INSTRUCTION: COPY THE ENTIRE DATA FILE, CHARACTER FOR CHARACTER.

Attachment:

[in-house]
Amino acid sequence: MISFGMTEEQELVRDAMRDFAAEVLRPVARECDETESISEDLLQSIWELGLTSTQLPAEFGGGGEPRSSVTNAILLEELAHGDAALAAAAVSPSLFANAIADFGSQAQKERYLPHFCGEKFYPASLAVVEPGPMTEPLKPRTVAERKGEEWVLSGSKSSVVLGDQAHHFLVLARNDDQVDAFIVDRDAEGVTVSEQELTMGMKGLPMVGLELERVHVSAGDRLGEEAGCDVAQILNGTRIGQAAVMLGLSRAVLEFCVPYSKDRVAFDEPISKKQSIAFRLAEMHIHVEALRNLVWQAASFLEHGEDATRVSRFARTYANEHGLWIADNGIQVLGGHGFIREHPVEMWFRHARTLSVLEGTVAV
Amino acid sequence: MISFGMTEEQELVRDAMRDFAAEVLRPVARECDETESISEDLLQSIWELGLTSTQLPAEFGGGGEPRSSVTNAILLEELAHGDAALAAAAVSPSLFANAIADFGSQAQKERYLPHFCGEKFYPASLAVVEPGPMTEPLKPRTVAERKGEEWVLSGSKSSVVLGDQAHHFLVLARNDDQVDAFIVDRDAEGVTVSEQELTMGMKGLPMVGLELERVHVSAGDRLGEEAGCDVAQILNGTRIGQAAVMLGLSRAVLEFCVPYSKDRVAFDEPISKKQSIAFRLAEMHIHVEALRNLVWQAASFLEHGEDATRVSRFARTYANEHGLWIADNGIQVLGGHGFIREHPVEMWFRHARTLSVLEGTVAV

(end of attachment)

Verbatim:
[in-house]
Amino acid sequence: MISFGMTEEQELVRDAMRDFAAEVLRPVARECDETESISEDLLQSIWELGLTSTQLPAEFGGGGEPRSSVTNAILLEELAHGDAALAAAAVSPSLFANAIADFGSQAQKERYLPHFCGEKFYPASLAVVEPGPMTEPLKPRTVAERKGEEWVLSGSKSSVVLGDQAHHFLVLARNDDQVDAFIVDRDAEGVTVSEQELTMGMKGLPMVGLELERVHVSAGDRLGEEAGCDVAQILNGTRIGQAAVMLGLSRAVLEFCVPYSKDRVAFDEPISKKQSIAFRLAEMHIHVEALRNLVWQAASFLEHGEDATRVSRFARTYANEHGLWIADNGIQVLGGHGFIREHPVEMWFRHARTLSVLEGTVAV
Amino acid sequence: MISFGMTEEQELVRDAMRDFAAEVLRPVARECDETESISEDLLQSIWELGLTSTQLPAEFGGGGEPRSSVTNAILLEELAHGDAALAAAAVSPSLFANAIADFGSQAQKERYLPHFCGEKFYPASLAVVEPGPMTEPLKPRTVAERKGEEWVLSGSKSSVVLGDQAHHFLVLARNDDQVDAFIVDRDAEGVTVSEQELTMGMKGLPMVGLELERVHVSAGDRLGEEAGCDVAQILNGTRIGQAAVMLGLSRAVLEFCVPYSKDRVAFDEPISKKQSIAFRLAEMHIHVEALRNLVWQAASFLEHGEDATRVSRFARTYANEHGLWIADNGIQVLGGHGFIREHPVEMWFRHARTLSVLEGTVAV